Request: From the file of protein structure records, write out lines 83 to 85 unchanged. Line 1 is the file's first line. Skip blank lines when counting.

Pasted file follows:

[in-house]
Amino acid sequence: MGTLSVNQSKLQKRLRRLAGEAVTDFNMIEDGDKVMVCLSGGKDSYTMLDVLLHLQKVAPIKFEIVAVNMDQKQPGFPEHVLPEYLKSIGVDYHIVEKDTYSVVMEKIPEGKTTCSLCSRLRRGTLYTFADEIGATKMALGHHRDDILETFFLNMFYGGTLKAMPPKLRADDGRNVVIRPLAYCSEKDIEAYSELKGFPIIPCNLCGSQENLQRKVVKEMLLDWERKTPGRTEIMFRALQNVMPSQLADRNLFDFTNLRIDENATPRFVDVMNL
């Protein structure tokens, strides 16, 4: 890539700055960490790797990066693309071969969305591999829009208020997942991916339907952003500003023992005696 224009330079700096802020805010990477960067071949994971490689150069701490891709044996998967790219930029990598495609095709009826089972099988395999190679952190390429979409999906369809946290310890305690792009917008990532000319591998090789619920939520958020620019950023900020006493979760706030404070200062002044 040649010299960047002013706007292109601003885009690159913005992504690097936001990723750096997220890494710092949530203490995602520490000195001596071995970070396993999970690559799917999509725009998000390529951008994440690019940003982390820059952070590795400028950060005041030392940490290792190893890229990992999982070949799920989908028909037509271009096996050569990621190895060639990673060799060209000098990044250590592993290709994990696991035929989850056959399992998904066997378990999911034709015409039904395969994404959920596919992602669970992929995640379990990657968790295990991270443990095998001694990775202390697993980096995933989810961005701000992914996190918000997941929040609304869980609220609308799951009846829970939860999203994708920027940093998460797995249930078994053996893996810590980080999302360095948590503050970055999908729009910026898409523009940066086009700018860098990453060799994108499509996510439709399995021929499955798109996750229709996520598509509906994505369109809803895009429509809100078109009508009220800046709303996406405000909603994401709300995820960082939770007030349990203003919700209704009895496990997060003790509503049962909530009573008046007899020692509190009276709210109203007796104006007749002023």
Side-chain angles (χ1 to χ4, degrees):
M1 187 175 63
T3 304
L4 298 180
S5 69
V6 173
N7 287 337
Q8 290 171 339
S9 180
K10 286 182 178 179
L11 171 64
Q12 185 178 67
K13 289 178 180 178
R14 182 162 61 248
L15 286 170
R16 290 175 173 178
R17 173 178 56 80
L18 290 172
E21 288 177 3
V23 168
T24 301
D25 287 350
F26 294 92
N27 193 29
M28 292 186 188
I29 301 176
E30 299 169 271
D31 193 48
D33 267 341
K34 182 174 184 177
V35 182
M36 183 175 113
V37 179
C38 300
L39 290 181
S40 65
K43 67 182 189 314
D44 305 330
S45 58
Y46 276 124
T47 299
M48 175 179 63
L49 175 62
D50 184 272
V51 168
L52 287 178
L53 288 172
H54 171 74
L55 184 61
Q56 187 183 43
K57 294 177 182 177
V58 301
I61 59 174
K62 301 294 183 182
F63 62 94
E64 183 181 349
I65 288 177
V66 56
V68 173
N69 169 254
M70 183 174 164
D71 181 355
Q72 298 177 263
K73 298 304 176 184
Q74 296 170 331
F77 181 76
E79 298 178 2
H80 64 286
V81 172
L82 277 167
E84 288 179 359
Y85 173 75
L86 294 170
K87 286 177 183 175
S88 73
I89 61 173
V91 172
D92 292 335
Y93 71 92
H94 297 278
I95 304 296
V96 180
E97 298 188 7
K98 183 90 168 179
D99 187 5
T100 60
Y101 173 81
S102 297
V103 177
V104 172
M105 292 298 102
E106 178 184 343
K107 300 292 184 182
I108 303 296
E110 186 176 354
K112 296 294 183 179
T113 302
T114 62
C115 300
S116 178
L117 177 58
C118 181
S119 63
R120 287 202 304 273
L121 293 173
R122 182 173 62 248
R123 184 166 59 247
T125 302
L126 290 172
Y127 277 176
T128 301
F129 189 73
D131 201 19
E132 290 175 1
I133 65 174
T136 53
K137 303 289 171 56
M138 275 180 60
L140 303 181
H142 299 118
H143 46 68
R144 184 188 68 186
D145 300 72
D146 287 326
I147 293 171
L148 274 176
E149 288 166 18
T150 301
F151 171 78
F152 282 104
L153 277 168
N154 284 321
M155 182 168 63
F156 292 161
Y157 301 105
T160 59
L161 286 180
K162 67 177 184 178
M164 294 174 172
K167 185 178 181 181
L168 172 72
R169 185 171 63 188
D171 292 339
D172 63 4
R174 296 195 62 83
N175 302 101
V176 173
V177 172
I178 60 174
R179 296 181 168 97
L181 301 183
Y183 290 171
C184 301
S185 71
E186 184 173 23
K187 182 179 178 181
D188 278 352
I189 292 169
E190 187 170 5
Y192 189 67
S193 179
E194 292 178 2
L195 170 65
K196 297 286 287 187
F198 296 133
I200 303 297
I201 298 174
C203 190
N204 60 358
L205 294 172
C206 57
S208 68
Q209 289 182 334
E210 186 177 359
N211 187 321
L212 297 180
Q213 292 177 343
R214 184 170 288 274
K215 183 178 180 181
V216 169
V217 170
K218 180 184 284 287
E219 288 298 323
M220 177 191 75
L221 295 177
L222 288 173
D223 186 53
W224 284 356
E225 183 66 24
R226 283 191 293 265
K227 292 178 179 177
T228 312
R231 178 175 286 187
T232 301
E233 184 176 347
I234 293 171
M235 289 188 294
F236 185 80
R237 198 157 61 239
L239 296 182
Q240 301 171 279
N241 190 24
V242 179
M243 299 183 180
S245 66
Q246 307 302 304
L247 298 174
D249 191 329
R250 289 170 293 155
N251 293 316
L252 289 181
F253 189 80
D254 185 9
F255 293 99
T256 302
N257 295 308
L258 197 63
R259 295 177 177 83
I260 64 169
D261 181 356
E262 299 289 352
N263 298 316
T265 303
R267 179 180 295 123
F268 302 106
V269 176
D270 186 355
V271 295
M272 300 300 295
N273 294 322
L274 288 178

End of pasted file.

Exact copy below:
H94 297 278
I95 304 296
V96 180